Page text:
Welcome to The Lawbringer, WoW.com's weekly guide to the intersection between law and the World of Warcraft. I'm Amy Schley, newly graduated law student and your tour guide through the quirky world of copyrights, contracts and crazy lawsuits.
One of the many joys of going to law school is that you know every lawyer joke known to man, and your friends and family feel a need to inform you of the latest crazy lawsuit. While nothing will ever top Mayo v. Satan and His Staff for sheer silliness (by both plaintiff and judge), a new case making the rounds comes close. Someone is suing an MMORPG for being addictive.
That's right. A Mr. Craig Smallwood, former player of Lineage II, is suing NCsoft for negligently creating an addictive game, for failing to warn him that the game was addictive and for blocking him from the game, causing him to suffer severe withdrawal symptoms that prompted hospitalization and thrice-weekly counseling sessions. More facts and analysis after the break; all information comes from the judge's recent opinion.
The facts of the case
Having allegedly become addicted and then cut off from his addiction, Smallwood sued, and after some legal wrangling, alleged eight counts in his second amended complaint, including:
- unfair and deceptive trade practices
- gross negligence
- intentional infliction of emotional distress
- negligent infliction of emotional distress
- punitive damages
I want to be very clear here -- this guy did not win his case or get a huge reward out of this. He did not convince a judge or jury that NCsoft was negligent or that Lineage II is that addictive. All that happened this week was that the judge dismissed counts 1, 2, 6 and 8 and allowed the case to move forward on counts 3, 4, 5 and 7.
This means that Smallwood can now request documents and testimony from NCsoft to determine if NCsoft harmed Smallwood's reputation by banning him for RMT and botting, if NCsoft was negligent in creating and marketing a highly addictive game without warning its customers that the game was addictive, and if NCsoft was negligent in banning Smallwood's accounts and thus causing him great emotional distress.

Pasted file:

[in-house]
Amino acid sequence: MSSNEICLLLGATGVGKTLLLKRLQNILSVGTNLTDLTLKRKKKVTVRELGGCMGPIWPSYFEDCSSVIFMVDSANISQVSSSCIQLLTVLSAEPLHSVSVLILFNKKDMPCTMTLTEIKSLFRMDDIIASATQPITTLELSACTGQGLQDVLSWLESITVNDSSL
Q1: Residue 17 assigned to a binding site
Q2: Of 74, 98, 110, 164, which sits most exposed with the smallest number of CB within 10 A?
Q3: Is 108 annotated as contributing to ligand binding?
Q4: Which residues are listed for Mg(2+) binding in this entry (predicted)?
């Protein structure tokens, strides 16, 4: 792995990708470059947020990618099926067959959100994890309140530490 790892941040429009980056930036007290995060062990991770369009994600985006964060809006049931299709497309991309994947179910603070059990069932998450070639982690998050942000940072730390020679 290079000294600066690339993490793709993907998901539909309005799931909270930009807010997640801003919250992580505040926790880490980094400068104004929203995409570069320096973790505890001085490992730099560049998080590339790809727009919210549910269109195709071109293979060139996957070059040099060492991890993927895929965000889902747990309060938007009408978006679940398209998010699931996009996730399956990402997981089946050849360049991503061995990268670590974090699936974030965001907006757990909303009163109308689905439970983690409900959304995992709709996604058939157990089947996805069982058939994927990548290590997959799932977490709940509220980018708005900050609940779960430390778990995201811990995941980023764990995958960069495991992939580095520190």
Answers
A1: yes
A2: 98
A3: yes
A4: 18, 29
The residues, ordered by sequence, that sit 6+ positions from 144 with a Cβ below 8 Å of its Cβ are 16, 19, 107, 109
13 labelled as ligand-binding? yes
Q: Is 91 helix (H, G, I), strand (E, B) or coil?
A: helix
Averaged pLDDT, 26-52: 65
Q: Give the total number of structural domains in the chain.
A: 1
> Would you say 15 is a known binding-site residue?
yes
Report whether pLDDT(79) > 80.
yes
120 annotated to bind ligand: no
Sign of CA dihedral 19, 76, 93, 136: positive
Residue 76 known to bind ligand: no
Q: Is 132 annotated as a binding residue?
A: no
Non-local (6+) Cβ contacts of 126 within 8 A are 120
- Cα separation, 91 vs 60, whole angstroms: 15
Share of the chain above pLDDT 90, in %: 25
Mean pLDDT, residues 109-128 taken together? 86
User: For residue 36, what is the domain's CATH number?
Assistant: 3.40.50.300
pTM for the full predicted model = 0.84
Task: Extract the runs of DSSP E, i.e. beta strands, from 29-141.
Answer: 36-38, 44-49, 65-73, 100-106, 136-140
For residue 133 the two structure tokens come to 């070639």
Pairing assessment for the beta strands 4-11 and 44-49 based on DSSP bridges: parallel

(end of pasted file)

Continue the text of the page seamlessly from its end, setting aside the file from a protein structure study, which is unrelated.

Where is this case headed?
This suit doesn't seem likely to go much farther. Finding proof that NCsoft was negligent in designing the game to be addictive or that it negligently marketed an addictive game is not likely to happen. Either NCsoft will settle the case to avoid the expensive discovery fees, or after an appropriate discovery period, NCsoft will move for summary judgment. In a summary judgment, the judge will take everything the non-moving party (in this case, Smallwood) alleges as true and determine if the plaintiff has alleged enough to justify taking the case to trial. While stating that evidence will never be found and a judge will never do something is rarely a good idea, it does seem unlikely that a smoking gun of NCsoft's negligence will appear.
In the unlikely scenario that allows Smallwood to win, his damages will most likely be minimal. NCsoft's EULA, which is valid on the laws of the states in question (Texas and Hawaii), limits any damages from negligence to the subscription fees already paid. Theoretically, Smallwood may manage to prove gross negligence, which is a "conscious indifference to consequences," and collect the punitive damages this kind of wrongdoing justifies.
What about WoW?
Let's assume this case goes to trial or even wins. Just as tobacco companies are required to put warning labels on cigarettes, MMOs could be required to come with a warning label. Such a regulatory scheme may backfire, however. "This game is so awesome you'll never want to stop playing!" doesn't seem like the kind of warning that would discourage many potential addicts.
Lawsuits, particularly the discovery process in which a company is required to disclose millions of documents and give many hours of interviews, can be very expensive -- regardless of whether the company is actually at fault. Add in the additional cost of a settlement to remove the source of negative publicity, and money that could be used to make better games get diverted to far less productive uses. If this kind of lawsuit becames popular, subscription fees might increase. That being said, however, this kind of suit is not likely to get that far. For the foreseeable future, we probably don't have to worry about our monthly subscription fees increasing to provide a pool of money for similar suits against Blizzard.
This column is for entertainment only; if you need legal advice, contact a lawyer. For comments or general questions about law, contact Amy at email@example.com, @wowlawbringer on Twitter, or whisper Patent in <It Came From the Blog> on Zangarmarsh (US-H).
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